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@mopsy Ruaha is so beautiful during the green season and thank you for sharing your trip. Great start with the wild dogs and cheetahs.

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Excellent sightings from the start @mopsy and fascinating to see Ruaha in the green season - so different from my two visits in the dry season.


What sort of daytime temperatures were you experiencing and was humidity a problem?

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34 minutes ago, Caracal said:

Excellent sightings from the start @mopsy and fascinating to see Ruaha in the green season - so different from my two visits in the dry season.


What sort of daytime temperatures were you experiencing and was humidity a problem?


Also, @mopsy , what about tsetse flies ( my wife has a bad reaction to their bites) ?




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8 hours ago, Caracal said:

Excellent sightings from the start @mopsy and fascinating to see Ruaha in the green season - so different from my two visits in the dry season.


What sort of daytime temperatures were you experiencing and was humidity a problem?


Hi Caracal.


Temperatures were really pleasant during our stay. Daytime temp would have been around 26 degrees I reckon. There was a distinct lack of humidity in Ruaha. We did have a good storm on our first day and again on day 4 which no doubt contributed to the nice comfort levels. Night time temps were perfect for sleeping, not at all warm but not at all cold either.

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8 hours ago, Julian said:


Also, @mopsy , what about tsetse flies ( my wife has a bad reaction to their bites) ?





Hi Julian


I was concerned about the tsetse flies, we put on bug spray before every drive. It may have had a little impact but not much I suspect.


As you would know they are only in certain areas of the park. We managed to dodge them most of the time, but there was one drive in particular that they were really bad.


To combat this, the driver and guide got some dry elephant dung, put it in a tin can attached to the back of the vehicle, and lit it with a match.


The result was amazing. Almost instantly the tsetse all disappeared and didn't bother us again. The only downside was that when you stopped for game viewing the smoke could hinder your photography. Not that it was terribly thick, just noticeable.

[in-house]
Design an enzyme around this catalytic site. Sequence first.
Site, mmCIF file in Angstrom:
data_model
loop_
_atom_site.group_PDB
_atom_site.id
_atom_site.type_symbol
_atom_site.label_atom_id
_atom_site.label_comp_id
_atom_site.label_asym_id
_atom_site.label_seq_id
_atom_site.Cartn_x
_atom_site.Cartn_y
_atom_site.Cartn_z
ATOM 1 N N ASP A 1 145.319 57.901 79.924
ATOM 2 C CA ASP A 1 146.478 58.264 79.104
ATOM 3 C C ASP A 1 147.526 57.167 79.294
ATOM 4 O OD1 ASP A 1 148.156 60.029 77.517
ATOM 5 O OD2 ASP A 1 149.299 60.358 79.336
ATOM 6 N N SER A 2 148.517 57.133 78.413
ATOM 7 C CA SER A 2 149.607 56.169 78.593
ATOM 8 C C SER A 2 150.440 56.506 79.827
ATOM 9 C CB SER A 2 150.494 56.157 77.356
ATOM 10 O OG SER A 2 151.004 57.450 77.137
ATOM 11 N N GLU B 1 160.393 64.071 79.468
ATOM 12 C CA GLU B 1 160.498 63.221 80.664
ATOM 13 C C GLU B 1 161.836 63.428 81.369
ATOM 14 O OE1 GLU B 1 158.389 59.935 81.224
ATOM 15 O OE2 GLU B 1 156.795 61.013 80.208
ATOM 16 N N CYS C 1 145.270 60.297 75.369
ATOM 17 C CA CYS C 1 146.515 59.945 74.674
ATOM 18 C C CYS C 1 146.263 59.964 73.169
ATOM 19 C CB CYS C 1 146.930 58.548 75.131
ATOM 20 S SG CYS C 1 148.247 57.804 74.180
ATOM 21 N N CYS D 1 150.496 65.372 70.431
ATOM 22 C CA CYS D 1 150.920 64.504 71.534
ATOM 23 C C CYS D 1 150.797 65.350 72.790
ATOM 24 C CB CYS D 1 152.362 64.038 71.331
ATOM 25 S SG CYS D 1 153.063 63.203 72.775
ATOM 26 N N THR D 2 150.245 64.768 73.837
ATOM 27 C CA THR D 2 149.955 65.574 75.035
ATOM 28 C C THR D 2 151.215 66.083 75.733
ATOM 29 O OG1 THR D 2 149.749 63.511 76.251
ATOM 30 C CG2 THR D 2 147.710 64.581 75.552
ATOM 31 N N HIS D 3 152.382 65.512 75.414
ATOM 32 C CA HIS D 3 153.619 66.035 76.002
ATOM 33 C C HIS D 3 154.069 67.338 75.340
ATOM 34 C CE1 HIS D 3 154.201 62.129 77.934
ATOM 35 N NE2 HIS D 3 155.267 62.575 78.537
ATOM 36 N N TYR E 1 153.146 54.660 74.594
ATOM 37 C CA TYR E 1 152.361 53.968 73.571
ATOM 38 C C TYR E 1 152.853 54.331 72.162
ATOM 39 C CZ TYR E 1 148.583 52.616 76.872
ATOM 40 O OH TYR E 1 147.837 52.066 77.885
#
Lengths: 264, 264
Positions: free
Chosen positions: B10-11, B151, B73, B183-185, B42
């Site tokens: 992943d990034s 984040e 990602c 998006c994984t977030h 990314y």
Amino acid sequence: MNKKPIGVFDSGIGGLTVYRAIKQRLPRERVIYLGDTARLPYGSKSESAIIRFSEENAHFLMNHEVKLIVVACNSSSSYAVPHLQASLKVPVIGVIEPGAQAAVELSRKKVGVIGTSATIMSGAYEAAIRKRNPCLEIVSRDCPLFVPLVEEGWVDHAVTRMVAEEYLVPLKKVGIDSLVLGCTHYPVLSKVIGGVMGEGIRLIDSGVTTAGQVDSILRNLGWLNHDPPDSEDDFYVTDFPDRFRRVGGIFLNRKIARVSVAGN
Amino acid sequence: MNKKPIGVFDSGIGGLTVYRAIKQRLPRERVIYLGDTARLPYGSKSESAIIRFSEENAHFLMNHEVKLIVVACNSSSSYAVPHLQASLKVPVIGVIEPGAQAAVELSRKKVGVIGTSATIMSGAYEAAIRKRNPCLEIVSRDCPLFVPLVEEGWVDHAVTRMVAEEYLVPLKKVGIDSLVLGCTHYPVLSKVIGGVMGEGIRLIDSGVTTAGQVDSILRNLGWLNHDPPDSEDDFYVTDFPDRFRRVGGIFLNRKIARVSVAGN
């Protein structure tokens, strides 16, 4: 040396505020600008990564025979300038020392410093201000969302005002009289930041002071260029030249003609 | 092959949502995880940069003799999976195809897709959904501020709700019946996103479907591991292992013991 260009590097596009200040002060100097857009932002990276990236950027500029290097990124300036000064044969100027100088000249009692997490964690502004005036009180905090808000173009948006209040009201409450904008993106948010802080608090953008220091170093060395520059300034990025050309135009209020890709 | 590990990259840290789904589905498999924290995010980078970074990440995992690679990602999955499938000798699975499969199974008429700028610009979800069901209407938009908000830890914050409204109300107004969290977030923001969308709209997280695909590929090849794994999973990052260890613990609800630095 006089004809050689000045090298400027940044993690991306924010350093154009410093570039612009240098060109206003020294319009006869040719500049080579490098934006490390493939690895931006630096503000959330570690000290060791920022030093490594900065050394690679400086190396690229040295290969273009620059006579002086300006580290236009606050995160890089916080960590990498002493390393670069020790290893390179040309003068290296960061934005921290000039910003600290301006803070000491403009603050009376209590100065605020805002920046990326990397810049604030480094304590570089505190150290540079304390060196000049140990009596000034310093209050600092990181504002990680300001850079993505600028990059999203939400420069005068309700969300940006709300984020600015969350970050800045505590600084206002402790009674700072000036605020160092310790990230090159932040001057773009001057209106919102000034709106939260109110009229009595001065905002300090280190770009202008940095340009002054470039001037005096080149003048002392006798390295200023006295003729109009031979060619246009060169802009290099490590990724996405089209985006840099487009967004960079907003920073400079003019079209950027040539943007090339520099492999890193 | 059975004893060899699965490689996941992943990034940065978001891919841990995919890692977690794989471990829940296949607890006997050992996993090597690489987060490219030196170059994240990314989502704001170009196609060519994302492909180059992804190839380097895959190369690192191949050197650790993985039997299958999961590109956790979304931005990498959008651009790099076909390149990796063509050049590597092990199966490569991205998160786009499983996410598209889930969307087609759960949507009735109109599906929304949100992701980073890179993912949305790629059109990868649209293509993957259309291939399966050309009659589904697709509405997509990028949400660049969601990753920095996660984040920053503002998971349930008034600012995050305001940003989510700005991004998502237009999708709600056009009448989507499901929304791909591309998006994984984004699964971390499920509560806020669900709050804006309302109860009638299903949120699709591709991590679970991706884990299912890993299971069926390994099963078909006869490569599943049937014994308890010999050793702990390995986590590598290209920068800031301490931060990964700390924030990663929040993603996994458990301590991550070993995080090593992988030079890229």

Apparently Mdonya and Jongemero (sp?) are the only camps to do this, which surprises me given the effectiveness.



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@mopsy thanks for this Ruaha green season report. I will be there in early July  so the colours will be very different but I hope we have your luck with the cheetah. The zebras look as though they are almost grazing on lawn! 

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Day 4


Today we were to farewell our vehicle mates. Their flight was departing at 12pm, so we opted to start our safari at 6:30am and take a bush breakfast with us. Our goal was to find for them the elusive Leopard.


As it turned out there was to be no Leopard, or any other predator for that matter. What we did find, or confirm I probably should say, is that there is an unbelievable number of elephants and giraffe in this park. They are everywhere. You find yourself photographing the first couple of sightings of each in the morning, then driving straight by them after that unless there is something remarkable or out of the ordinary about the siting. They are just everywhere.


We also saw Zebra, Kudu and Dik Dik. When we got closer to the airport we stopped at a picnic spot to have our bush breakfast. It was on the banks of the Ruaha river, so we spent our time here watching hippos and crocs. Unfortunately we were unable to get photos of either out of the water.














We bid farewell to our new friends from the Czech Republic, and departed the airstrip heading for camp. Once again the weather started to look quite ominous, so we rolled down the canvas sides to the vehicle and put on raincoats. Sure enough it absolutely belted down again but this time we didn't really get wet at all. In fact by the time we got back to camp the rain had stopped and the skies were beginning to clear.


After lunch I was sitting on our veranda reading a book, watching the passing parade of animals as they came and went. There are always Impala, and the Zebra are quite common too. Guinea Fowl are about as well as other birds.